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Images must not be reproduced, distributed or displayed without written permission from the artist. Unless otherwise specified, the restrictions on use of this work are: attribution must be given to the original author; the work may not be used for commercial purposes; and no derivative works (altering, transforming or building upon the original) are allowed.

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dc.contributorAustralian National University, Centre for New Media Arts CNMA
dc.contributor.authorEleanor Gates-Stuart
dc.date.accessioned2005-05-12T02:26:56Z
dc.date.accessioned2011-01-04T07:32:02Z
dc.date.available2005-05-12T02:26:56Z
dc.date.available2011-01-04T07:32:02Z
dc.date.created2004
dc.identifier.urihttp://hdl.handle.net/1885/42844
dc.identifier.urihttp://digitalcollections.anu.edu.au/handle/1885/42844
dc.description.sponsorshipCollection of prints produced as artist residency at Megalo Print Workshop, Canberra, Australia. Mattise Derrian paints, ANU academic research, Publication text contribution by Kane Stuart, reference to Auguste Soesastro's textile work, gatescherrywolmark research.
dc.format.extent14682944 bytes
dc.format.mimetypeimage/tiff
dc.language.isoen_AU
dc.relation.ispartof'arcv.pls.txt.scrb.spc.spt.vs.eleanor.gates-stuart'. a series of documentary silkscreen prints by Eleanor Gates-Stuart. Booklet published by Eleanor Gates-Stuart, ISBN 0 7315 3039 X 2004.
dc.relation.ispartofReverse print = bksgreymagical.tiff
dc.relation.ispartof'DISTIL', 21 October - 13 November 2004, Megalo Gallery. An exhibition of artists from the Megalo Printmaker in Residence Program 2003. Artists: Andrew Antoniou, Susanna Castleden, Leeanne Crisp, Annie Franklin, Eleanor Gates-Stuart & Wittamon Niwattichai. Megalo Gallery, 49 Philip Avenue, Watson, ACT. Canberra, Australia.
dc.rightsImages must not be reproduced, distributed or displayed without written permission from the artist. Unless otherwise specified, the restrictions on use of this work are: attribution must be given to the original author; the work may not be used for commercial purposes; and no derivative works (altering, transforming or building upon the original) are allowed.
dc.titlearcvcentre.tif
local.description.notesSilkscreen print. 'arcv.pls.txt.scrb.spc.spt.vs.eleanor.gates-stuart'. a series of documentary silkscreen prints by Eleanor Gates-Stuart. Matisse Derrian water based ink printed on Magnani Pescia 100% cotton paper. 56 cm x 76 cm.
local.description.notesPublication Text contribution by Kane Stuart. The interpretation of art is an incredibly diverse area of observation. The processes involved in the creation of Eleanor Gates-Stuart's print collection have formed work which on many levels can reveal a different understanding and interpretation. This collection works as a documentary on the work of gatescherrywolmark, three artists who used their individual mediums to create collaborative works. For the last five years Gates-Stuart has been a part of gatescherrywolmark. This was an international collaboration between artists using the media of printmaking, digital print and writing. The work in this collection is effectively a continuation of that, but in this case there is only one artist. This collection follows a similar format to that of gatescherrywolmark. Some of the images and writing have been recreated to form the basis of this collection and make its documentary style more effective. The purpose of many documentaries is to examine and explore an idea from a detached perspective. The medium used for this is usually film, but the same idea has in this case been recreated using print. Within this documentary are many sub-sects exploring slightly different aspects that underlie the work of gatescherrywolmark. By examining these sub-sects in detail, the deeper levels of relationships between line, colour, space and text become evident. For example, the 'Scribbles' works reveal a partnership through the collaborative relationship between seemingly arbitrary marks. This collaboration creates the direction, it forces one mark to guide another and ultimately form the resulting piece. In other works, the idea of a virus is explored as a physical presence. As the virus is also an artificially created presence it exists as a constructed object rather than a sound or voice. The way in which they exist within the works makes viruses seem to "cast members of another piece of work". Viruses are a component of the composition of the work, as such they represent time and thought through this and form an additional element. When closely examining the content of various prints it becomes evident that simple elements such as text and colour are used in very symbolic ways. Through this they are used for equally individual and important purposes within the works. The use of text in a fragmented nature is an excellent example as it can be seen either in a very complex, busy nature or as whole text deconstructed making no sense. Text loses the significance it held within its original context, but gains new purpose in a symbolic way through its application in these works. Images in the work take on meaning that they otherwise would not hold and so almost parallel the way in which text is applied. The two visual mediums lift each other within the work; written text is lifted through the iridescence of the colours, as images are significant in new ways when surrounded by text. This collection crosses the boundaries between traditional print and that of a more contemporary experimental nature. The intention to create a documentary of past work and the processes surrounding the creation of this is achieved remarkably. Not only have ideas been explored but new pathways have also become open potentially leading this work into completely new areas. Kane Stuart 2004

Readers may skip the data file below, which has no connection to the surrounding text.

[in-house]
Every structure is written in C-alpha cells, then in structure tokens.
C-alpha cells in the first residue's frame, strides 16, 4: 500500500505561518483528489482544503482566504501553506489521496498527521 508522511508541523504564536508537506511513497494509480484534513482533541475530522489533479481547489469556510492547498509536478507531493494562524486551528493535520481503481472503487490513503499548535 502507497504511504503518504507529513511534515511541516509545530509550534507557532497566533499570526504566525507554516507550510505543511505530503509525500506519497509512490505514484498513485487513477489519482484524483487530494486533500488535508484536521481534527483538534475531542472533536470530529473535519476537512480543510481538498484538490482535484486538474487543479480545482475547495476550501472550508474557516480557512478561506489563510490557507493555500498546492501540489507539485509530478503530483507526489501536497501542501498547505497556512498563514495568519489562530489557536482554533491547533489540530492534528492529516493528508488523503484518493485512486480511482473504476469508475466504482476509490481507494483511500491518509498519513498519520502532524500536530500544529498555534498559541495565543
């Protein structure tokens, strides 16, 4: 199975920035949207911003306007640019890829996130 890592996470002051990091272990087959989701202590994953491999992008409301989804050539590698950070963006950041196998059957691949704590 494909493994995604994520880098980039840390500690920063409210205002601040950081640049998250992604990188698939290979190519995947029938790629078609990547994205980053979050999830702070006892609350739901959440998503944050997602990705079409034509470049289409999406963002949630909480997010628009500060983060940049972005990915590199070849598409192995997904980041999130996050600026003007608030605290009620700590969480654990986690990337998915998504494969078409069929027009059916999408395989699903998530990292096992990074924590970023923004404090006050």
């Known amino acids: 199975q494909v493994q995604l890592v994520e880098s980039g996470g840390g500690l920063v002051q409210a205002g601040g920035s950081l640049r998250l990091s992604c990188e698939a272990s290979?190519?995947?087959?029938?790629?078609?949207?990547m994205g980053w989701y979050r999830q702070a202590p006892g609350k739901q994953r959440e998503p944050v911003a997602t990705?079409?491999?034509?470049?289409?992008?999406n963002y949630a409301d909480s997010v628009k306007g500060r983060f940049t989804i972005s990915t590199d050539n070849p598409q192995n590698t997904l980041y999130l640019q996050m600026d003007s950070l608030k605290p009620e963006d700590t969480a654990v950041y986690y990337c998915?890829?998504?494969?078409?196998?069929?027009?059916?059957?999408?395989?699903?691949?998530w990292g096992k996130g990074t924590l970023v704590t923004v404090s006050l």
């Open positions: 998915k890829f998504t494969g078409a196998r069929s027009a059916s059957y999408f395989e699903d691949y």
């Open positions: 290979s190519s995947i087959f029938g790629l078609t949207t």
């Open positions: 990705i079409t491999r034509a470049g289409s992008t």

dc.date.issued2004
CollectionsANU Research Publications

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